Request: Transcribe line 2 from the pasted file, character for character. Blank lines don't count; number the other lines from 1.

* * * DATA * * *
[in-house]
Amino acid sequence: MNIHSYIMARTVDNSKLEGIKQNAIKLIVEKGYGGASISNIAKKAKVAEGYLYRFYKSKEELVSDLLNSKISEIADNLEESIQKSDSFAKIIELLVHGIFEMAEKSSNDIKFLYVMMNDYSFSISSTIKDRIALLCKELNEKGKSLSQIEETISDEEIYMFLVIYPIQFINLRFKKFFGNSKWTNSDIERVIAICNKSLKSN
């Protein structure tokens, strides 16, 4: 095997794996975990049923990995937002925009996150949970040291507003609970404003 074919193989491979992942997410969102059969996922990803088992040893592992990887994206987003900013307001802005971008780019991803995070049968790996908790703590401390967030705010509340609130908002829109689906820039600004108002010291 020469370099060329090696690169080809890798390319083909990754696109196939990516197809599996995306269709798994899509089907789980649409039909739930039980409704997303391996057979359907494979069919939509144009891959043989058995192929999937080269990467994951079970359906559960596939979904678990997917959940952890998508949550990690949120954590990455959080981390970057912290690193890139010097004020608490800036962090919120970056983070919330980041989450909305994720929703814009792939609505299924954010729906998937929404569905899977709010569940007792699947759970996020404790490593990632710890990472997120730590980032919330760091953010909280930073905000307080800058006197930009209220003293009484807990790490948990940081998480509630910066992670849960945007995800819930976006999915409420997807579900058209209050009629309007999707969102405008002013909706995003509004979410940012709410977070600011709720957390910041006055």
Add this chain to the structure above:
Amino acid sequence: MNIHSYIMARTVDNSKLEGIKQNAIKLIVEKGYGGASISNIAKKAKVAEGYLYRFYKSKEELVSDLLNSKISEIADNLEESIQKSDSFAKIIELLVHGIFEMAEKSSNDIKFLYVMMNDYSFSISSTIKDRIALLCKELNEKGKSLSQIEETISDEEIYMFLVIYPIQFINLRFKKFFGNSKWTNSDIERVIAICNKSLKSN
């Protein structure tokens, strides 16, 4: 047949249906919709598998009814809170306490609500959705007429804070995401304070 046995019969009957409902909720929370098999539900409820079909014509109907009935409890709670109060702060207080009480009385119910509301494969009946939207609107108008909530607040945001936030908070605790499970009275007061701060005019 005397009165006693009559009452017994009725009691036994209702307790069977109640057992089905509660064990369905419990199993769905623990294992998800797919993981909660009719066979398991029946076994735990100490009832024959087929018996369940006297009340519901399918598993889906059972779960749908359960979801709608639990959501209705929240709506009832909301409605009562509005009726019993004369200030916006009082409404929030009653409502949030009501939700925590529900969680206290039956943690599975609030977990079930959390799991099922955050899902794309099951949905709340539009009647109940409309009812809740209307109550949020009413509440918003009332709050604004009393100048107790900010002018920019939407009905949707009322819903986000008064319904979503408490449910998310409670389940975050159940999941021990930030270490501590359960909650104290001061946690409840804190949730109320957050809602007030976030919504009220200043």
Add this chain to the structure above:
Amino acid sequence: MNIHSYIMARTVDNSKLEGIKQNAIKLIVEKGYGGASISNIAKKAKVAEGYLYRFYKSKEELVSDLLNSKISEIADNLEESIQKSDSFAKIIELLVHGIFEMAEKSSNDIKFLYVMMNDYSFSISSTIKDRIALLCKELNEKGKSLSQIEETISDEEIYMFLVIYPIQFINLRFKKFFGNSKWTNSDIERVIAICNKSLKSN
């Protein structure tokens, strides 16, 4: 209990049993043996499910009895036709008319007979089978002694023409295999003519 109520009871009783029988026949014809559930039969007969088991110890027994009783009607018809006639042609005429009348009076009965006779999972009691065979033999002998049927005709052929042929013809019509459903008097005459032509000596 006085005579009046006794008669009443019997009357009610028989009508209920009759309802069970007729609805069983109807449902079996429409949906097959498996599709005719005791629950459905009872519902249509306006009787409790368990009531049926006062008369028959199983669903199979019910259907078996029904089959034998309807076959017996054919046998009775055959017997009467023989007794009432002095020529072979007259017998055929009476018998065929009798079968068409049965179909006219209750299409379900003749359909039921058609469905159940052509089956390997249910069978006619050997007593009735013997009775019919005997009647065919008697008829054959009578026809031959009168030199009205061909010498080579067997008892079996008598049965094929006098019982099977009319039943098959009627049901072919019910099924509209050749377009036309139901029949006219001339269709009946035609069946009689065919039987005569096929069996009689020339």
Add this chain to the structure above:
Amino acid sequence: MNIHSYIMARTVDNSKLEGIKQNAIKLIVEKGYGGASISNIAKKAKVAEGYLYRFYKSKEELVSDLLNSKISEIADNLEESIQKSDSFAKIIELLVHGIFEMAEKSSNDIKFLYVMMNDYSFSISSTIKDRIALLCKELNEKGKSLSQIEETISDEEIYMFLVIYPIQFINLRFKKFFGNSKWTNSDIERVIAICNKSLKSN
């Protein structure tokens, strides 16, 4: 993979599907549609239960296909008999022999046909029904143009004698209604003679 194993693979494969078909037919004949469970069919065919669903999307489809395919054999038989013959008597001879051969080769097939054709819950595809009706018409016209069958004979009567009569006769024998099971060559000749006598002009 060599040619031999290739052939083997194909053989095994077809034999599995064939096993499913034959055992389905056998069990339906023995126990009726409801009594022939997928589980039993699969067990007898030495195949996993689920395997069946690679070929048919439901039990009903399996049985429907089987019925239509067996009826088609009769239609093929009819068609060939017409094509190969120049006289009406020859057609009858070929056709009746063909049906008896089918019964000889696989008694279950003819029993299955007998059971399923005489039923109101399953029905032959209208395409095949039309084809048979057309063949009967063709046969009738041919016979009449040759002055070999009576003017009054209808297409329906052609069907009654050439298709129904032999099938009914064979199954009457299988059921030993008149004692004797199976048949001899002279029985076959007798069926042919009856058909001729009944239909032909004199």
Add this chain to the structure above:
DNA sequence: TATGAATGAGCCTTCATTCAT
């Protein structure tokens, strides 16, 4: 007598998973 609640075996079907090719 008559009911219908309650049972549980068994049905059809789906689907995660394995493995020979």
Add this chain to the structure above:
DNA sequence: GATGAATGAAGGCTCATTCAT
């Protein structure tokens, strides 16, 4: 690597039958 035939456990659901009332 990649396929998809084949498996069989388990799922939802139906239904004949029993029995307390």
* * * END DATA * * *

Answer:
Amino acid sequence: MNIHSYIMARTVDNSKLEGIKQNAIKLIVEKGYGGASISNIAKKAKVAEGYLYRFYKSKEELVSDLLNSKISEIADNLEESIQKSDSFAKIIELLVHGIFEMAEKSSNDIKFLYVMMNDYSFSISSTIKDRIALLCKELNEKGKSLSQIEETISDEEIYMFLVIYPIQFINLRFKKFFGNSKWTNSDIERVIAICNKSLKSN